Here are a few photos from my first two weeks in Korea. I think the fact that I’ve visited Korea before has immunised me to both culture shock and the joy of being somewhere new: I do not feel that anything particularly remarkable has happened so far and I guess I am a little disappointed at how mundane these first two weeks have seemed (though they have been very enjoyable). I am sure that this will change and I will feel pretty uncomfortable at some point soon; they do say that there’s a honeymoon period and since I was only here for one month last time I imagine I didn’t leave it.

Before the camp I stayed at a cute guesthouse in a fairly wealthy suburb of Incheon that seemed to be obsessed with growing vegetables.

We had a one week orientation camp at the National Institute for International Education in Seoul. The lectures were decent and the Korean staff were solid. Here’s a photo of the main entrance with the banner and a video the staff made. You get to see me looking really uncomfortable being filmed while waiting for a chest X-ray.

My first shop and some photos of my school. It’s claim to fame is that it’s the top elementary school in Korea for “foot volleyball”—I guess there is an actual name in English for this game—and has remained top of the league for some years. The name means “sand dune” because that’s what used to be on the site before. As such there is no school field but instead a large area of sand.

Here are some pictures of the commercial part of Nonhyeon (인천논현), which sits between my officetel (Konglish name for a one-room apartment like mine) and my school. The whole area is only about three years old and it feels manufactured. The Korean government decided there would be people here and it organised the building of a park here, a school here, an apartment block for people of average income X here, a commercial area here etc., and that clinicity has filtered through to the feel of the area.

Despite this it’s a really solid place to live compared to where a lot of foreign teachers are: there’s plenty of stuff to do in Nonhyeon itself so you don’t have to trapse to Incheon or even Seoul for anything beyond groceries.

Here are some pictures of my office and classroom. There are three desks in the office because there are three of us that make up the English department. I’m actually teaching myself for the first time on Monday [note: the Monday four days before the date of this post]; until I’ve done some teaching there’s not much to say about work.

Some shots of my officetel; the first two are the view from my window which wasn’t as good when I took the photo as it has been since there’s thick fog.

Finally some pictures of people I’ve met. I met up with my language exchange partner from Oxford, who lives in Seoul, at the end of the orientation camp when we had some free time. We went up to a suburb where there are lots of houses where ambassadors live and a few tiny Buddhist temples where the incredibly beautiful autumn colours were most clearly visible.

The guy who had my job two years ago happened to be visiting Korea this week so my colleagues and him and I went out for a meal.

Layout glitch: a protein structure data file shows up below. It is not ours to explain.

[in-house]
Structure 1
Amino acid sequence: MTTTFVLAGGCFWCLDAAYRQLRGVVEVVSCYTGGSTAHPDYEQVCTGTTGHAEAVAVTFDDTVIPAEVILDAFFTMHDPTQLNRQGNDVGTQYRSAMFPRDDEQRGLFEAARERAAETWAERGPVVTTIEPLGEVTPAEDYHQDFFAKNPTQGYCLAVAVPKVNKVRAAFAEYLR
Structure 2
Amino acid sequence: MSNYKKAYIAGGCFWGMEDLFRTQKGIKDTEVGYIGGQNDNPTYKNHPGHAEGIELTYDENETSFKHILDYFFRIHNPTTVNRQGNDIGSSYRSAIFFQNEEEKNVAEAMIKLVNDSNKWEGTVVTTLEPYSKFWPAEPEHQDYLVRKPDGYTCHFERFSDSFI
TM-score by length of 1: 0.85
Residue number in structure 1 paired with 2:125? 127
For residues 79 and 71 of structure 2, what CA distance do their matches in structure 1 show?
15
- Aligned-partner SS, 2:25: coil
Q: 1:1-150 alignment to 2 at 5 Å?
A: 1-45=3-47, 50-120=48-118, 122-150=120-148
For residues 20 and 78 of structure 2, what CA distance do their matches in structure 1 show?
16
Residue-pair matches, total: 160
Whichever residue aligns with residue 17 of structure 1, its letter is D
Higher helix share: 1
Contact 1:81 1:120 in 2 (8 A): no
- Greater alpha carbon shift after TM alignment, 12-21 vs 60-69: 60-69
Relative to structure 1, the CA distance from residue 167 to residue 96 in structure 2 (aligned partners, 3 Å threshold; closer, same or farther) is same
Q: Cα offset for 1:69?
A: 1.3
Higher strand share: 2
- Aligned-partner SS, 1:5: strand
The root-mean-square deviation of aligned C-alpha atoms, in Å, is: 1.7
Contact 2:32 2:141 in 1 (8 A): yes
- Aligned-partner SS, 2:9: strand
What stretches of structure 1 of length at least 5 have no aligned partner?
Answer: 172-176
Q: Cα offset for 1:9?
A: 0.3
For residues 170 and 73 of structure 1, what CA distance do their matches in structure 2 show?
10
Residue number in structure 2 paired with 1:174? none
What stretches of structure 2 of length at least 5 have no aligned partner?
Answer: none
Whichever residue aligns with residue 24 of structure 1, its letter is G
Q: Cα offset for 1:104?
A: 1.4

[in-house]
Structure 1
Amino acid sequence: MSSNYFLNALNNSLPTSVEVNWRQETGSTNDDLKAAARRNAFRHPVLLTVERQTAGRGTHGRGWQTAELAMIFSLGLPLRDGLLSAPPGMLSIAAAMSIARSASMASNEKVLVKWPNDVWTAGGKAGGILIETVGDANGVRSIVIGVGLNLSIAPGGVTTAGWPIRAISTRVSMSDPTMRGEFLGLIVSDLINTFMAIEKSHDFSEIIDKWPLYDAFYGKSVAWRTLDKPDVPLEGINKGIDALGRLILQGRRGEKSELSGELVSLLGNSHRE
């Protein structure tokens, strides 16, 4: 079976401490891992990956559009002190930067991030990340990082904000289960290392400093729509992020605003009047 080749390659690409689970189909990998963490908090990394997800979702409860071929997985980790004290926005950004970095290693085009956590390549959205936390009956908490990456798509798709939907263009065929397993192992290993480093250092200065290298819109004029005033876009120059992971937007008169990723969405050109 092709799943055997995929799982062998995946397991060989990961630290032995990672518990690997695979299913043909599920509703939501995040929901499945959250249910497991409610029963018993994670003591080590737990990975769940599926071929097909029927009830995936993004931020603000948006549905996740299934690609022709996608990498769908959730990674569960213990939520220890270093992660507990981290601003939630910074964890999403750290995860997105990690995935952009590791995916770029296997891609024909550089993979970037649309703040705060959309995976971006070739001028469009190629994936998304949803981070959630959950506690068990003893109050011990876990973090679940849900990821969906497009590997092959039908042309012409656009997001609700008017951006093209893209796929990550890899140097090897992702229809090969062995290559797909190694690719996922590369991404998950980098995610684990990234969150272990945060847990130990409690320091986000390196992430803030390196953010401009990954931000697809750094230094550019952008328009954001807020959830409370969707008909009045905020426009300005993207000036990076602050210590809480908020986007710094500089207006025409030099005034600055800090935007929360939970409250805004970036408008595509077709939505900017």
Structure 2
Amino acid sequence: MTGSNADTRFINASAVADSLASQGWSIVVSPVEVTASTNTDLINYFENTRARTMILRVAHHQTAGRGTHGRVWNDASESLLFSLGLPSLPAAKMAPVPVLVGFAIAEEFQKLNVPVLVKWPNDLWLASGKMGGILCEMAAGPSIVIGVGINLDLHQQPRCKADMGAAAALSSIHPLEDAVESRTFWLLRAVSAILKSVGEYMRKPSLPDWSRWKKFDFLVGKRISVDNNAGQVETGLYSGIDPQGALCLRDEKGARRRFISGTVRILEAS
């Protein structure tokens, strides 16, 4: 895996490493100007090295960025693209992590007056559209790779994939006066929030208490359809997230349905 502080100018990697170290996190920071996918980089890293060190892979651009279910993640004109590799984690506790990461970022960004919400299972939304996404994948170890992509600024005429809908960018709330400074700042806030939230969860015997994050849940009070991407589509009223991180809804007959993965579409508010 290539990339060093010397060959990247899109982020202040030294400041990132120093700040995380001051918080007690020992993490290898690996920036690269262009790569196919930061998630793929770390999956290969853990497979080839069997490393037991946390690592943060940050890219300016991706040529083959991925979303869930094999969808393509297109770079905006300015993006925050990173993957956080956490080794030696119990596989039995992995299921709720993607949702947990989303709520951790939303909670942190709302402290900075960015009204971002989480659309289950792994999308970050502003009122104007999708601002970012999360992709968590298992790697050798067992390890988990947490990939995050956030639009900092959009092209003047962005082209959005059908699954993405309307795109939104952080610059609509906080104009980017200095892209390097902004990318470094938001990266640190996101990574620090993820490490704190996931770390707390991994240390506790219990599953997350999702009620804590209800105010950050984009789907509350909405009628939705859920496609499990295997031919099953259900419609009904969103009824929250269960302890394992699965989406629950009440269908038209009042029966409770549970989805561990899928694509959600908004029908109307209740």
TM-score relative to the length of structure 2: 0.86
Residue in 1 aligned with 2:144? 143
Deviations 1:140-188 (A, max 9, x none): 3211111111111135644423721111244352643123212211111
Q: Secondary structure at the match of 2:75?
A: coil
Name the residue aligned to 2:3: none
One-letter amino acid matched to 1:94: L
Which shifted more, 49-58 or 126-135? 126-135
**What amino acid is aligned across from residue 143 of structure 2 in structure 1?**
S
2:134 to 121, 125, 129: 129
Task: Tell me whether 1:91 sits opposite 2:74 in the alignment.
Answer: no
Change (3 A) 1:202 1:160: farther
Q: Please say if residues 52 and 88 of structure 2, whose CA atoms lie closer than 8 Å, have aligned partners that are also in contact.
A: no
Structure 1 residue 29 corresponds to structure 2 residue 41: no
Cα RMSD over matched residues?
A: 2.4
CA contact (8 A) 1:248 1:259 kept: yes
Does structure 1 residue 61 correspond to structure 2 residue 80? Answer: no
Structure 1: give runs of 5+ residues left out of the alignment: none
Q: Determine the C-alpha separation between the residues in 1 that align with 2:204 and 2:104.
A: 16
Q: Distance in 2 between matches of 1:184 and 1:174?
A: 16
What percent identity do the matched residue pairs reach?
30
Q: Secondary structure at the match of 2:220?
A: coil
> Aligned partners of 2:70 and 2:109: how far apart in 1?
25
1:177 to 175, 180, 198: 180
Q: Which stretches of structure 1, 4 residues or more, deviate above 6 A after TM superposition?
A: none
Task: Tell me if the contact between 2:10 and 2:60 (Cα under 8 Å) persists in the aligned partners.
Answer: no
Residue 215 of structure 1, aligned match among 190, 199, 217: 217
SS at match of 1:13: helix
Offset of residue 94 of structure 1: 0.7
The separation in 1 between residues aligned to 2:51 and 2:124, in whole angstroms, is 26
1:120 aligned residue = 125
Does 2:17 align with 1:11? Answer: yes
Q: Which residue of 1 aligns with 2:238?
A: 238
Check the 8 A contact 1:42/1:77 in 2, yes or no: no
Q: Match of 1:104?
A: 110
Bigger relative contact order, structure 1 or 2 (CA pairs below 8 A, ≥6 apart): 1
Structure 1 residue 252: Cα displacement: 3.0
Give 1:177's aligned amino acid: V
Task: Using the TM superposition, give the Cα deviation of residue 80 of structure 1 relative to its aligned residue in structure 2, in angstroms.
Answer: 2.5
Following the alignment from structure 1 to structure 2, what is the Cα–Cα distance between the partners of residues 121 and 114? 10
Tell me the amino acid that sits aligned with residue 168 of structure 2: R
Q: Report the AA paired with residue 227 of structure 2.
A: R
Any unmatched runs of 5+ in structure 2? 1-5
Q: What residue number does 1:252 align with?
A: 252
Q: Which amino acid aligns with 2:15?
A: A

I don’t have many pictures of the fellow Incheon teachers I met at the orientation camp for some reason. But we have our little group.

On Friday night I went out for some drinks with a girl from my hometown who is also teaching in Incheon, incredibly at the school right next door to mine, and some of her friends. We met up once before either of us came, back in July, and she’s been here since August. But the rest of the weekend I’ve been alone because it’s just so hard to organise meeting up when we’re spread across the city and we have very intermittent Internet, and no phones. This situation is likely to continue for the better part of two weeks as we have to have our national ID cards to get phone and broadband contracts.

This has made me realise that I need to figure out what kind of life I want to lead outside of school here. For the past week, my first week at work, my free time has been guided by social events organised by others and by the necessity of getting my apartment sorted—cleaning, and buying things, both of which take ages thanks to language barrier etc. How much time do I want to spend alone, and how much of it do I want to spend on studying Korean, how much on other studies and how much on entertainment? I’ve not been in this situation before where my real commitments are limited to 8:40am–4:40pm each day; it’s going to be extremely rare that work will follow me home outside of these hours, if ever. The fact that I haven’t got this figured out yet leaves me feeling disappointed due to lack of planned socialising, because I’m not yet got into good habits w.r.t. using my time alone.

Addendum a week after writing the above, when I’m actually publishing this post due to lack of Internet to upload photos: I have now found some proper Korean lessons to attend, 5 hours of lessons per week for approx. £12 for the eight week course but it is a proper lesson (the things the teacher does remind me of the English teaching paradigms I’ve been taught). This will motivate me to study more regularly. I also now have a phone but no SIM card for another ten days or so, but I can now use WiFi which is great. Sad to have a smartphone again but it will prove useful.

comment IVU87F3RTK6DODAH

A very interesting blog, Sean.  Our impression at this early stage is of a place which appears very clean, organised and “American” (!!)

Comment by granje and grandad Thu 07 Nov 2013 20:09:54 UTC